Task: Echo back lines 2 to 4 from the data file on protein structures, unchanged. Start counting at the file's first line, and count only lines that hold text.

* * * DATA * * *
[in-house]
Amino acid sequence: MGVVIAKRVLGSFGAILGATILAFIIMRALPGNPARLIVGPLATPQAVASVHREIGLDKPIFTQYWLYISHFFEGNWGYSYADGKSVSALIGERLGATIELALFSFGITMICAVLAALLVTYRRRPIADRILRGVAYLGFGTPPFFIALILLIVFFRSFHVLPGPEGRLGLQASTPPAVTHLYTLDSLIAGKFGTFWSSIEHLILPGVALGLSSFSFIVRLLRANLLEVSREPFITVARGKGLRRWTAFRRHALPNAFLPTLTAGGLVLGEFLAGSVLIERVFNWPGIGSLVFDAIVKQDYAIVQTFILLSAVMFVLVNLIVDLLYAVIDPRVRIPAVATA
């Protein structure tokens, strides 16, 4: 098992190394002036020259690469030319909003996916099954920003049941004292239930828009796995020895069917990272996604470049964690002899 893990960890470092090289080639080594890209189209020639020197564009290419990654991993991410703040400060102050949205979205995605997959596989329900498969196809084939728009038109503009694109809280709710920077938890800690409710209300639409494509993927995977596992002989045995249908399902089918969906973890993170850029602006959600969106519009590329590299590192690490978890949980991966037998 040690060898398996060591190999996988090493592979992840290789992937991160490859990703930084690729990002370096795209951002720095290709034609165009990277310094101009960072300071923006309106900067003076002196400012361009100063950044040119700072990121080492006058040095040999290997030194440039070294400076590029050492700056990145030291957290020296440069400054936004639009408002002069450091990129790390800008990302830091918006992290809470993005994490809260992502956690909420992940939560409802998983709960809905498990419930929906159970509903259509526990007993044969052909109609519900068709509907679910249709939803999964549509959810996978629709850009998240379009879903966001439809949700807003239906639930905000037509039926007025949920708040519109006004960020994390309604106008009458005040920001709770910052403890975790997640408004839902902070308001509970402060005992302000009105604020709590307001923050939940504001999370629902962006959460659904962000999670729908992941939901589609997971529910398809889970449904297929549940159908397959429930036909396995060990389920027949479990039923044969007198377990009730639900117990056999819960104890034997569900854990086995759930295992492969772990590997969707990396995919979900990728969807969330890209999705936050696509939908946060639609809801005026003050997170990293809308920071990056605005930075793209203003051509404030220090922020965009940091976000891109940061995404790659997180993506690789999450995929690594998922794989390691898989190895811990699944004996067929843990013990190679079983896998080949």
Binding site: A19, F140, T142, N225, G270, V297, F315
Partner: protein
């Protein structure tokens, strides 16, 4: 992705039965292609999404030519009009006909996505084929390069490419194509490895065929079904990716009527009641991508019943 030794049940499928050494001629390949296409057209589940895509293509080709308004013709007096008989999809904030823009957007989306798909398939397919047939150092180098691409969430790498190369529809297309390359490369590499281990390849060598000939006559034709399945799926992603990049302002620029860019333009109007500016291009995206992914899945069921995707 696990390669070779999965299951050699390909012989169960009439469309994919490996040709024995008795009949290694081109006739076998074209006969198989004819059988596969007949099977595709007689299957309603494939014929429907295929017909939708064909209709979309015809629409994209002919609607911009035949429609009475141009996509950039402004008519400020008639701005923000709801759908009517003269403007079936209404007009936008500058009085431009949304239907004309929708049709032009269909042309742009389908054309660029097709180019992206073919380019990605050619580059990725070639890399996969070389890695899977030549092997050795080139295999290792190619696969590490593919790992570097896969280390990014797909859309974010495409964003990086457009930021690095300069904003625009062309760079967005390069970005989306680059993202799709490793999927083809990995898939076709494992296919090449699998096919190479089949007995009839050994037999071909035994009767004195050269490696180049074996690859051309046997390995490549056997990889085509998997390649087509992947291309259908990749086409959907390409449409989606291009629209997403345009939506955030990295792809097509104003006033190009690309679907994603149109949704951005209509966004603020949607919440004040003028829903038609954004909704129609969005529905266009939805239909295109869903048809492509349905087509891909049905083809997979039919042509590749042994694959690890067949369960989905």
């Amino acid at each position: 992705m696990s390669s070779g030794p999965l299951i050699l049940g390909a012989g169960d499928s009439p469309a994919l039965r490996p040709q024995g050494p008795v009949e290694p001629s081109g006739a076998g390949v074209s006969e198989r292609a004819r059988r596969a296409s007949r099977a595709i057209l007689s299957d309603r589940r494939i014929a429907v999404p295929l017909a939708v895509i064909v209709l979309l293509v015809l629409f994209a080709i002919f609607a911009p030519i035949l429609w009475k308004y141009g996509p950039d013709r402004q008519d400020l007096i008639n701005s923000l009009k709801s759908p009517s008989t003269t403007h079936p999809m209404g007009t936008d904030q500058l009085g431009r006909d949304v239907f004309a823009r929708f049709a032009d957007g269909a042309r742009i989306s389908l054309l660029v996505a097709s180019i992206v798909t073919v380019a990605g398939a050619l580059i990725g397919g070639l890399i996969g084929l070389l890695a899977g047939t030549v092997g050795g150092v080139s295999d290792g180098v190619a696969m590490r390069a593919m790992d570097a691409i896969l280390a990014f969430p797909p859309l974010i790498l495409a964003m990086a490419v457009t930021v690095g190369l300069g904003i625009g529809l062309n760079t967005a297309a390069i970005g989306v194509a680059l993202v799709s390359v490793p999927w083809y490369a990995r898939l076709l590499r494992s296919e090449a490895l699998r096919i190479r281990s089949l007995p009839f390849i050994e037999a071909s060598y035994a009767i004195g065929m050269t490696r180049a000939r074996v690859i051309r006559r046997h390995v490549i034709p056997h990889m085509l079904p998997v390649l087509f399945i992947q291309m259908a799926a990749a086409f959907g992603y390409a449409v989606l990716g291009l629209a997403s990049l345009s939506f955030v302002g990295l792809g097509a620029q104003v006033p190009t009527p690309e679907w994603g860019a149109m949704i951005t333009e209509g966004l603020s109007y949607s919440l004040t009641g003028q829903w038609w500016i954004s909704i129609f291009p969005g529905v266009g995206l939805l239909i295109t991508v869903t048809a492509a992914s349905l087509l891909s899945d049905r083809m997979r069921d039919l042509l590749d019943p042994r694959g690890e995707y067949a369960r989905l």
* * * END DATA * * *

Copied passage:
Amino acid sequence: MGVVIAKRVLGSFGAILGATILAFIIMRALPGNPARLIVGPLATPQAVASVHREIGLDKPIFTQYWLYISHFFEGNWGYSYADGKSVSALIGERLGATIELALFSFGITMICAVLAALLVTYRRRPIADRILRGVAYLGFGTPPFFIALILLIVFFRSFHVLPGPEGRLGLQASTPPAVTHLYTLDSLIAGKFGTFWSSIEHLILPGVALGLSSFSFIVRLLRANLLEVSREPFITVARGKGLRRWTAFRRHALPNAFLPTLTAGGLVLGEFLAGSVLIERVFNWPGIGSLVFDAIVKQDYAIVQTFILLSAVMFVLVNLIVDLLYAVIDPRVRIPAVATA
């Protein structure tokens, strides 16, 4: 098992190394002036020259690469030319909003996916099954920003049941004292239930828009796995020895069917990272996604470049964690002899 893990960890470092090289080639080594890209189209020639020197564009290419990654991993991410703040400060102050949205979205995605997959596989329900498969196809084939728009038109503009694109809280709710920077938890800690409710209300639409494509993927995977596992002989045995249908399902089918969906973890993170850029602006959600969106519009590329590299590192690490978890949980991966037998 040690060898398996060591190999996988090493592979992840290789992937991160490859990703930084690729990002370096795209951002720095290709034609165009990277310094101009960072300071923006309106900067003076002196400012361009100063950044040119700072990121080492006058040095040999290997030194440039070294400076590029050492700056990145030291957290020296440069400054936004639009408002002069450091990129790390800008990302830091918006992290809470993005994490809260992502956690909420992940939560409802998983709960809905498990419930929906159970509903259509526990007993044969052909109609519900068709509907679910249709939803999964549509959810996978629709850009998240379009879903966001439809949700807003239906639930905000037509039926007025949920708040519109006004960020994390309604106008009458005040920001709770910052403890975790997640408004839902902070308001509970402060005992302000009105604020709590307001923050939940504001999370629902962006959460659904962000999670729908992941939901589609997971529910398809889970449904297929549940159908397959429930036909396995060990389920027949479990039923044969007198377990009730639900117990056999819960104890034997569900854990086995759930295992492969772990590997969707990396995919979900990728969807969330890209999705936050696509939908946060639609809801005026003050997170990293809308920071990056605005930075793209203003051509404030220090922020965009940091976000891109940061995404790659997180993506690789999450995929690594998922794989390691898989190895811990699944004996067929843990013990190679079983896998080949």
Binding site: A19, F140, T142, N225, G270, V297, F315